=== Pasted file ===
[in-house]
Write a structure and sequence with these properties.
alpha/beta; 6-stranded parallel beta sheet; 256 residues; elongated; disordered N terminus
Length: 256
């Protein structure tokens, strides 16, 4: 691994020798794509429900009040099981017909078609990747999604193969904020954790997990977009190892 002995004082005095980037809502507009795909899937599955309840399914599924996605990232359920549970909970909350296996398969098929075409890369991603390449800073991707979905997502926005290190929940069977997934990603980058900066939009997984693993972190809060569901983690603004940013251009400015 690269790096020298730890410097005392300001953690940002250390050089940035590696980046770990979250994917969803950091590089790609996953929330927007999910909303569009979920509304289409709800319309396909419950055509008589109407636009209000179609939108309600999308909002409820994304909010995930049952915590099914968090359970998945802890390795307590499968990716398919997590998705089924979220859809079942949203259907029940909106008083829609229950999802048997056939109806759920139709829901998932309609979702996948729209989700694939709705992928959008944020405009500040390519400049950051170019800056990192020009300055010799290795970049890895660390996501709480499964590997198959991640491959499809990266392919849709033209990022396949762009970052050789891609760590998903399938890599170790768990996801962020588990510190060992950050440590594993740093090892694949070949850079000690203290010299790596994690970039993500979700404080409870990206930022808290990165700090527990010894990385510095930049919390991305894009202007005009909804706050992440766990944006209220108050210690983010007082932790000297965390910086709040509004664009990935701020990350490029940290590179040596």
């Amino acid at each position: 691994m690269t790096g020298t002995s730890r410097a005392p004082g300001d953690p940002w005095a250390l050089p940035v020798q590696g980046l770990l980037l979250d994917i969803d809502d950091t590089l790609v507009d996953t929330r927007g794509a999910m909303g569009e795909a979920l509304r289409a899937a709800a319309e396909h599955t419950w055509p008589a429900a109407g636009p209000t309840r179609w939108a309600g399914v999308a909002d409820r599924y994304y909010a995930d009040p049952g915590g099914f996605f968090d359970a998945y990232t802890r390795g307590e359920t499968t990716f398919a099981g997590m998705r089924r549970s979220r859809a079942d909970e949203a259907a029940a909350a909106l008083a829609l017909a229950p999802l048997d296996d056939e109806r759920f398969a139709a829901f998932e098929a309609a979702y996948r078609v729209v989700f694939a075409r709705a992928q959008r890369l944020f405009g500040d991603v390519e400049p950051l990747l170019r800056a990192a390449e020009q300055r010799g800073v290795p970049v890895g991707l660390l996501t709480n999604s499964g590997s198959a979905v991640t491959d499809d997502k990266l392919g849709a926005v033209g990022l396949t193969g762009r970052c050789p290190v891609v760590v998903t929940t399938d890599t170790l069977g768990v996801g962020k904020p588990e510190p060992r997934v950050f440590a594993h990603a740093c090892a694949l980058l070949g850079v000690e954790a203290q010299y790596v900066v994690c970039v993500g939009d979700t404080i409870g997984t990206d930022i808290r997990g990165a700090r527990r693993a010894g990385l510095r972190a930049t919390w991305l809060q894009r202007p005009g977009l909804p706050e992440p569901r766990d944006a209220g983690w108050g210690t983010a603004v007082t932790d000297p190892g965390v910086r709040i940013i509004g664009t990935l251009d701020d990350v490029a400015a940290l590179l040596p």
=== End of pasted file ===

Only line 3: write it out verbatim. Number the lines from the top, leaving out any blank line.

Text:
alpha/beta; 6-stranded parallel beta sheet; 256 residues; elongated; disordered N terminus